Protein is an essential part of our body’s nutrition, comprises of 17% of our body and main component of our skin, organs and muscles.
Here’s the top 5 high-protein vegan foods
Plant foods can be a great source of protein and of real benefit in helping to reduce animal proteins in the diet whether you are an omnivore, vegetarian or a vegan.
Quinoa is a seed and you can find white, red, black or mixed varieties. 100g of quinoa (cooked weight) will provide almost 4g protein, but it’s also known as a complete protein which means it contains all 22 of the essential amino acids, making it a great alternative to carbohydrates such as rice and couscous.
A pulse is actually an edible seed that grows in a pod, and this therefore includes all beans, peas and lentils. These make a great, low-fat and affordable source of plant protein and provide plenty of variety. Different pulses include:
- Lentils including Puy, green, and red: around 8-9g of protein per 100g
- Chickpeas, including hummus: 7g of protein per 100g
- Garden peas – around 7g per 100g
- Beans, including black-eyed, pinto, butter, cannellini, soya, edamame and kidney: between 7-10g protein per 100g
- Baked beans do count as a good source of protein but keep an eye on the salt content: 5g per 100g.
Tofu, or bean curd, is derived from soya and just 100g of tofu provides 8g protein. Tofu is very versatile as it can be cooked in many ways, including baking and stir-frying, as well as blending it into soups to make them creamier and higher in protein.
3. Nuts and seeds
Nuts and seeds are again very versatile and can be used with meals or as a snack to ensure adequate protein, and energy, is maintained throughout the day. Some of the best nut and seed proteins include:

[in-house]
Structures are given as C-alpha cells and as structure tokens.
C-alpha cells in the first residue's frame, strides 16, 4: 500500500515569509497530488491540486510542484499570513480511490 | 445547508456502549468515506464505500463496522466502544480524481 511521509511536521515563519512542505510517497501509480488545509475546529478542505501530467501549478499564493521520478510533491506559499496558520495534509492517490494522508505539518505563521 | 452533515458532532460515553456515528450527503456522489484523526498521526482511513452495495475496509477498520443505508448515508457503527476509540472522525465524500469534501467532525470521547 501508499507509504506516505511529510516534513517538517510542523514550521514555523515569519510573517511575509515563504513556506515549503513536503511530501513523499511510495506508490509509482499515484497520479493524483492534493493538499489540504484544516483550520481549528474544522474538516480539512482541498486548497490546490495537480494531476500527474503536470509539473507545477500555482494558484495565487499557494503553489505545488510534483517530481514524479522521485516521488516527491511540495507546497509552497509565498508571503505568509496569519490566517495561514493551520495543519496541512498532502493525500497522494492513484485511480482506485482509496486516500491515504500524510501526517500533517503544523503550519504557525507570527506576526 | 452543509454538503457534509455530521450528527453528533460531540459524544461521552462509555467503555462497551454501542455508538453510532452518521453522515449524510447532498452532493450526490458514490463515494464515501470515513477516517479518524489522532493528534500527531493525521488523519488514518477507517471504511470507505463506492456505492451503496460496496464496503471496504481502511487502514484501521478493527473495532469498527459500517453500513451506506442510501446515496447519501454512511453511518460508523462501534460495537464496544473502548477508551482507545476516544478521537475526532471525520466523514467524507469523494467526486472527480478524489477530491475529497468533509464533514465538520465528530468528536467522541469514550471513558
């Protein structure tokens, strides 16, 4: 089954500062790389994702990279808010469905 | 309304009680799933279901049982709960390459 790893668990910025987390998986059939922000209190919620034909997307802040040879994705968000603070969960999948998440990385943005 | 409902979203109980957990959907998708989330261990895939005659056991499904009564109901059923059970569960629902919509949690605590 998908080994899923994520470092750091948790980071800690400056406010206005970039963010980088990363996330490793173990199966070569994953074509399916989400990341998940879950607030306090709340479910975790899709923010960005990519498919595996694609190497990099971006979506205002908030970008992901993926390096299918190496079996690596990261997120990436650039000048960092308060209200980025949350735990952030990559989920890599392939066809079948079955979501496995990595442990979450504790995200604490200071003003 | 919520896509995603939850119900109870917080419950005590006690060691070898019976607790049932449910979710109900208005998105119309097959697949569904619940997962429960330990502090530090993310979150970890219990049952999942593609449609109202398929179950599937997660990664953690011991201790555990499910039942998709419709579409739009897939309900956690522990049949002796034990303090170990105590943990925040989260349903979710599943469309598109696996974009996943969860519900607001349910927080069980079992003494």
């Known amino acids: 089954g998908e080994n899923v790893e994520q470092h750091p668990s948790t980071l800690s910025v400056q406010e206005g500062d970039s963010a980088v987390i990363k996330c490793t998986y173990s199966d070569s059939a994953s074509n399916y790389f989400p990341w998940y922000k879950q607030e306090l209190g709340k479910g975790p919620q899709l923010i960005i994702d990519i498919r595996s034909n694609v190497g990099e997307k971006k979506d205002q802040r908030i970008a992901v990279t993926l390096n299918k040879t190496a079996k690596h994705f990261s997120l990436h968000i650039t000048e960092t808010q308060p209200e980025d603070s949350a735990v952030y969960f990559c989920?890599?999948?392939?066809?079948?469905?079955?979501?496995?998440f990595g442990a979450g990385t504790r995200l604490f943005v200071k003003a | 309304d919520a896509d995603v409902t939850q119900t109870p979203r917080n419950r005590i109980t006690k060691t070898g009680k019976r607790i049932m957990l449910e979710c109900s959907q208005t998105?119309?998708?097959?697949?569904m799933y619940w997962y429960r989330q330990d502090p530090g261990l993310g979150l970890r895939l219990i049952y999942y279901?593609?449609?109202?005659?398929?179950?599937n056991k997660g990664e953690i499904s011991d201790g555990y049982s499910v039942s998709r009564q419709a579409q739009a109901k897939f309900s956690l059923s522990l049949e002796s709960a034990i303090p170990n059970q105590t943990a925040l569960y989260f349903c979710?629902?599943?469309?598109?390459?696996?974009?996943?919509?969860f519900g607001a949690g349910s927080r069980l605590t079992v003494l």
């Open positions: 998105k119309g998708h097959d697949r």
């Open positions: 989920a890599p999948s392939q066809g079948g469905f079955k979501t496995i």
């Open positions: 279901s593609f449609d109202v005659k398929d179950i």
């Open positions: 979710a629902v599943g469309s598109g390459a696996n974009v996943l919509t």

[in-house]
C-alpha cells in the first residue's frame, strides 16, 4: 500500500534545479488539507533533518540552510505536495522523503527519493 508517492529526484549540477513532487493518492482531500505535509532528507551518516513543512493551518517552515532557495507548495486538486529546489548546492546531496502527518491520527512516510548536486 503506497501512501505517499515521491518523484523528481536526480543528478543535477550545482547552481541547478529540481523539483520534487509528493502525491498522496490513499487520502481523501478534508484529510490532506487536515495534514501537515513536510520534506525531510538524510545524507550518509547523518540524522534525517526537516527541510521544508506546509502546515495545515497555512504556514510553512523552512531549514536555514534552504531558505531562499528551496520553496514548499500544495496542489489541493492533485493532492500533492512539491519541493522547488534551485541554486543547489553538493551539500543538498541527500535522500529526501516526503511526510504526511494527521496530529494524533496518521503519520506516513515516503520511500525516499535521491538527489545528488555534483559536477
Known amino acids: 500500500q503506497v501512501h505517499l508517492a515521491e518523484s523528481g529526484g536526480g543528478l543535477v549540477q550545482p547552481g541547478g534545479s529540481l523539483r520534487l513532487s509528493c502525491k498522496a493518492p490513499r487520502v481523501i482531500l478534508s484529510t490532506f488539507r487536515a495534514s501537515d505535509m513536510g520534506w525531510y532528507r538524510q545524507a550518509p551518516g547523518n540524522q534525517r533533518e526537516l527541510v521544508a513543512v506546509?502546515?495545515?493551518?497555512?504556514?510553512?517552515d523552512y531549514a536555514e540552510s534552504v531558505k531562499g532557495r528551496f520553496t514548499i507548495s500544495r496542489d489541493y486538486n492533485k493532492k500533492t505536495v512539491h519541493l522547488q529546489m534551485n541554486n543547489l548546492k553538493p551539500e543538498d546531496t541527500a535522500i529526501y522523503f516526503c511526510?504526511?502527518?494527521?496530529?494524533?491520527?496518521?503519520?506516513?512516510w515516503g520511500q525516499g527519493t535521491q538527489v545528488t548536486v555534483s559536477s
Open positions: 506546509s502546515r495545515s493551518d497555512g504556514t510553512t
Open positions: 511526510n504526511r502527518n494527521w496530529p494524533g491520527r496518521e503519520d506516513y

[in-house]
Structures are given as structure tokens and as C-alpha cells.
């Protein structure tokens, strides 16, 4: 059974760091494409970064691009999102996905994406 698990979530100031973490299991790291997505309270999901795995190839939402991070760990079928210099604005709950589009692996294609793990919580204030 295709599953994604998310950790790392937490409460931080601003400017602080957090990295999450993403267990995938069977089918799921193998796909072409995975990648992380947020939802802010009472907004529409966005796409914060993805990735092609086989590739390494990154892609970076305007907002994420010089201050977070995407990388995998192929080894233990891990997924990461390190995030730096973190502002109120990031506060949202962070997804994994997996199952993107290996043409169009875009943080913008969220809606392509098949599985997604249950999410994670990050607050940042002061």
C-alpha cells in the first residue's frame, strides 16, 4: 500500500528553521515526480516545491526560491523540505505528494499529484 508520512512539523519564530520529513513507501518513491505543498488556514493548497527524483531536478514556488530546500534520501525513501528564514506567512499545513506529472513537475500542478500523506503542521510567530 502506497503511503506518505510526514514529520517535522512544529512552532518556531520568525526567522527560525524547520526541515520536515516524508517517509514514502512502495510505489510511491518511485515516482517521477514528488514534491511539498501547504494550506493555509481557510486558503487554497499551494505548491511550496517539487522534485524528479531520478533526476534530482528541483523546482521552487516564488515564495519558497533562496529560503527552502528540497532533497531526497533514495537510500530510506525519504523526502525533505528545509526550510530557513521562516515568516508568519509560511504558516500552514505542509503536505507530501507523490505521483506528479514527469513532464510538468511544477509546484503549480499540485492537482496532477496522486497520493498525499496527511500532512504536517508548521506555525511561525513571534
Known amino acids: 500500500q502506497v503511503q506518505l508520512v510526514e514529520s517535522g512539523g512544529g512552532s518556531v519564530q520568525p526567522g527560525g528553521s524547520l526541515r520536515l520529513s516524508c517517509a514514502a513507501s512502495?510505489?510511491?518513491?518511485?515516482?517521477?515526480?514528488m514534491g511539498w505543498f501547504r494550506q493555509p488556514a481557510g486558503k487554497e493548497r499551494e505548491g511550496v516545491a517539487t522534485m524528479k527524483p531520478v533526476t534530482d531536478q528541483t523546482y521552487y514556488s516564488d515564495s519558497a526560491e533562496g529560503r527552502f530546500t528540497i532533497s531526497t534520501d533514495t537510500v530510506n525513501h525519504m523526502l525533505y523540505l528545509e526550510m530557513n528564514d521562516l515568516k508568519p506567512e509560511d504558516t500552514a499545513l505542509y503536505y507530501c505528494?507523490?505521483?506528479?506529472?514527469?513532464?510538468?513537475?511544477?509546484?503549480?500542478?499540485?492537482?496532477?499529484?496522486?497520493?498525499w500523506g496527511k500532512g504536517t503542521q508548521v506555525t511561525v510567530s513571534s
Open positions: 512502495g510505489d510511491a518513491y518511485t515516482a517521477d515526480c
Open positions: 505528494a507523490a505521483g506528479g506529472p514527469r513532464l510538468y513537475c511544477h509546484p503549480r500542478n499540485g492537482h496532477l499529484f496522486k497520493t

- Hemp seeds – 5g per heaped tablespoon
- Ground linseed – 3g per heaped tablespoon
- Almonds – 3g of protein for every six almonds
- Walnuts – around 3g of protein for every three whole walnuts
- Pumpkin seeds – 4g per tablespoon
- Pistachios – just over 1g of protein over 10 pistachios
- Cashew nuts – 3g per 10 cashew nuts
- Brazil nuts – 4g per six Brazil nuts
Look out for peanut butter and nut butters too as another convenient protein source, but read the label to make sure they are 100% nuts and have no added oils, salt or sugars. One heaped tablespoon of smooth peanut butter provides just over 3g of protein.
4. Chia seeds
Just one tablespoon of chia seeds will provide almost 2g of protein, and they can be used in breakfasts, sprinkled over salads and soups, or as a healthy, protein-rich dessert. They also work as an excellent replacement to egg in vegan cooking as they are hydrophilic and will therefore expand when soaked in water for about twenty minutes.
Buckwheat is actually a seed that is high in both protein and fibre, with 100g providing about 5g of protein, and it’s also gluten-free. Buckwheat is becoming increasingly popular and can be found as flakes, groats, pasta and flours making it an excellent addition to a vegan diet.